Thirty years ago an American psychologist, Albert Mehrabian, found that only seven per cent of what we say counts for our credibility. Body language and facial expressions, on the other hand, make up a whopping 55 per cent of our credibility ranking.
On top of this, a 2013 study from Princeton University found that body language is more important than facial expressions.
No pressure or anything, right? Before you start over-analysing your every movement, there are some easy ways you can tweak your body language to make people respond positively to you.
1. The baby pivot.
Just like an enthusiastic baby, try turning your entire body to the person you are trying to win over. This indicates to the person that you are very interested in them. “Pivoting 100 per cent towards the new person shouts, ‘I think you are very, very special,’” Leil Lowndes, author of How To Talk To Anyone, tells Business Insider.
2. Fidget less.
If you want to draw attention to your words, then ensure you’re not fidgeting. Watch that your hands don’t move too much around your face, as that can be a sign of anxiousness or even that you are lying. “Do not fidget, twitch, wiggle, squirm, or scratch,” advises Lowndes.
3. Strike a power pose.
Using your entire body, try to take up as much space as possible. You could be standing with your legs and arms stretched open, or leaning back with your hands behind your head and your feet up on your desk. These are called "high-power" poses, and research from Harvard and Columbia Business Schools have found that holding those poses for just two minutes can make you feel more powerful, and less stressed.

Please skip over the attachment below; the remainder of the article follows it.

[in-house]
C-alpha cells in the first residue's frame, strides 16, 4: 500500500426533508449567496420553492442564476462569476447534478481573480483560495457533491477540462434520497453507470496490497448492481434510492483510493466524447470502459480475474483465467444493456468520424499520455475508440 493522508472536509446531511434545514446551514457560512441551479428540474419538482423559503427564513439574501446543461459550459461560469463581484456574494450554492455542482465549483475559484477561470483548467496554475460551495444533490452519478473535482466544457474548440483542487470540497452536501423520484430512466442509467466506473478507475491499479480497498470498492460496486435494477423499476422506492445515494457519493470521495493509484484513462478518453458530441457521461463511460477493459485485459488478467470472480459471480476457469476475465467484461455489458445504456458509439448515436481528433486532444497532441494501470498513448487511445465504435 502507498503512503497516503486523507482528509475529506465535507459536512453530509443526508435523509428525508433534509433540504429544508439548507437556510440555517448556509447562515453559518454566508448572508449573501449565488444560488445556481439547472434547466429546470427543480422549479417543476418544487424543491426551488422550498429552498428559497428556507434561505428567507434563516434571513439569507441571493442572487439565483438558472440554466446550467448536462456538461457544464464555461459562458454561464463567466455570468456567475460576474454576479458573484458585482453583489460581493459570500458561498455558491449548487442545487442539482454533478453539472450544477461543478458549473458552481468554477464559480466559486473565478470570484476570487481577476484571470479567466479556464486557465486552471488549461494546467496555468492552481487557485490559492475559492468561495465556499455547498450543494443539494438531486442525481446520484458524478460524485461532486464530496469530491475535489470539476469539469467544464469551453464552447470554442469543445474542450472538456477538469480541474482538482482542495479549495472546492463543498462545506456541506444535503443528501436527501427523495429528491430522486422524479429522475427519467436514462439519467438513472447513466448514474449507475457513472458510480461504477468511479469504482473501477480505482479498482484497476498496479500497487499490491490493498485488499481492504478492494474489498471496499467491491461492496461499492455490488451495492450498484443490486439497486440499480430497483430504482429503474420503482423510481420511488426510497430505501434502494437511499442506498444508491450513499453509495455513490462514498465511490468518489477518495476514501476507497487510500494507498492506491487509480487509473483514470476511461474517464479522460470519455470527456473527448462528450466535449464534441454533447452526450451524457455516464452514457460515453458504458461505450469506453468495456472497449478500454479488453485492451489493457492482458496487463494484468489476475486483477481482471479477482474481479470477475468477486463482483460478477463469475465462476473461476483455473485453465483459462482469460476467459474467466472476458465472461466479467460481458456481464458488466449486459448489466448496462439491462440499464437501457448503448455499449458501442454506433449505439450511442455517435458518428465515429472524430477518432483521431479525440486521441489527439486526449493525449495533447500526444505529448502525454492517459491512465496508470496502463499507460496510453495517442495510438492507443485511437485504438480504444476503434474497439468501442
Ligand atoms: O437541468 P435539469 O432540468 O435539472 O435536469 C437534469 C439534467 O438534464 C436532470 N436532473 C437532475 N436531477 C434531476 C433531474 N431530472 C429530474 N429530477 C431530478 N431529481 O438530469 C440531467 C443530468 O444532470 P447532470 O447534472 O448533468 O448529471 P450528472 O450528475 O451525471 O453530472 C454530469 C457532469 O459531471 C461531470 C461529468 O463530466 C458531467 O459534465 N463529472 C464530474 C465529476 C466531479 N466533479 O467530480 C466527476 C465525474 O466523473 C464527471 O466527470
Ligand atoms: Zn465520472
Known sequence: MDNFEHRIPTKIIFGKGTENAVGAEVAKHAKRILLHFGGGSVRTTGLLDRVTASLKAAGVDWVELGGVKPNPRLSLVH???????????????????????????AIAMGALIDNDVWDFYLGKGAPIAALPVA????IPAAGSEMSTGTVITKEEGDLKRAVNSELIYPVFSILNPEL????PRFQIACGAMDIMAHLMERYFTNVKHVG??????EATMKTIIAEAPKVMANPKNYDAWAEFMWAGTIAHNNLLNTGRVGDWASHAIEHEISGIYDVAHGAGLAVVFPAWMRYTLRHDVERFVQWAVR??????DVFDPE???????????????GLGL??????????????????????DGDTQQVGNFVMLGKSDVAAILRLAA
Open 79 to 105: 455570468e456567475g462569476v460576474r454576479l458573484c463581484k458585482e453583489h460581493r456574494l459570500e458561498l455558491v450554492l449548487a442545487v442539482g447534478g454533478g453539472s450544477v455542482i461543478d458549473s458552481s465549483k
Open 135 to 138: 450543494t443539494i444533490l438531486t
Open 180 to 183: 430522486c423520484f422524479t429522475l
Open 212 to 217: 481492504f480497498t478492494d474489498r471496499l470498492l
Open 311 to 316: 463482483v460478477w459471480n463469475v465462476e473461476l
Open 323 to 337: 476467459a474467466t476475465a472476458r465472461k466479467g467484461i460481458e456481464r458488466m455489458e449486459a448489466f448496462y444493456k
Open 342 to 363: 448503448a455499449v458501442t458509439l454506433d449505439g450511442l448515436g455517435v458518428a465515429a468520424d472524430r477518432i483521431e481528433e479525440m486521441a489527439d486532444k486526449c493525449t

Why? Well, body language expert Carol Kinsey Gorman explained to Forbes that the "high-power" poses stimulate higher levels of testosterone, which is the hormone linked to power and dominance, while also lowering that pesky hormone called cortisol, which is a stress hormone. (Post continues after gallery...)
4. Avoid "prayer hands".
If you want to look truthful and open, avoid making "prayer hands" while in conversation. "Prayer hands" are exactly what it sounds like - putting hands palm-to-palm, or even just fingers-to-fingers, in a prayer-like pose.
Dr Nick Morgan, a body language expert, analysed a TV interview with Edward Snowden, the controversial former US government worker who had leaked classified information. When Snowden made the "prayer hands" during the interview, Dr Morgan remarked to Business Insider that Snowden "hid behind his hands" and appeared nervous, self-conscious and introverted, which made him appear untrustworthy.
5. Use open gestures.
An "open gesture" will make you appear honest and, well, open. For this body language trick, it's all in the arms and hands. While you are in conversation with another person, Gorman suggests making sweeping, large gestures with relaxed arms, while showing the palms of your hands. She describes this as the "see, I have nothing to hide" gesture. Just think of Maria (Julie Andrews) as Maria in The Sounds of Music, who was known for her honesty and sweet nature. An "open gesture" is the exact opposite of the more defensive "closed" gestures, which include crossed arms or hidden hands.
6. Walk in smiling.
Every time you walk through a doorway, remind yourself to smile and improve your posture. Lowndes calls this technique "hanging by your teeth". To do this, you'll need to use your imagination. Picture a strap of leather stretching across the doorway - like a leather bit - and imagine biting onto the leather so that it forces your mouth into a smile. See? Now, you're smiling and standing up straight!
Watch: Mamamia co-founder, Mia Freedman on all the toothy questions she gets asked. (Post continues after video.)
What's your best body language tip?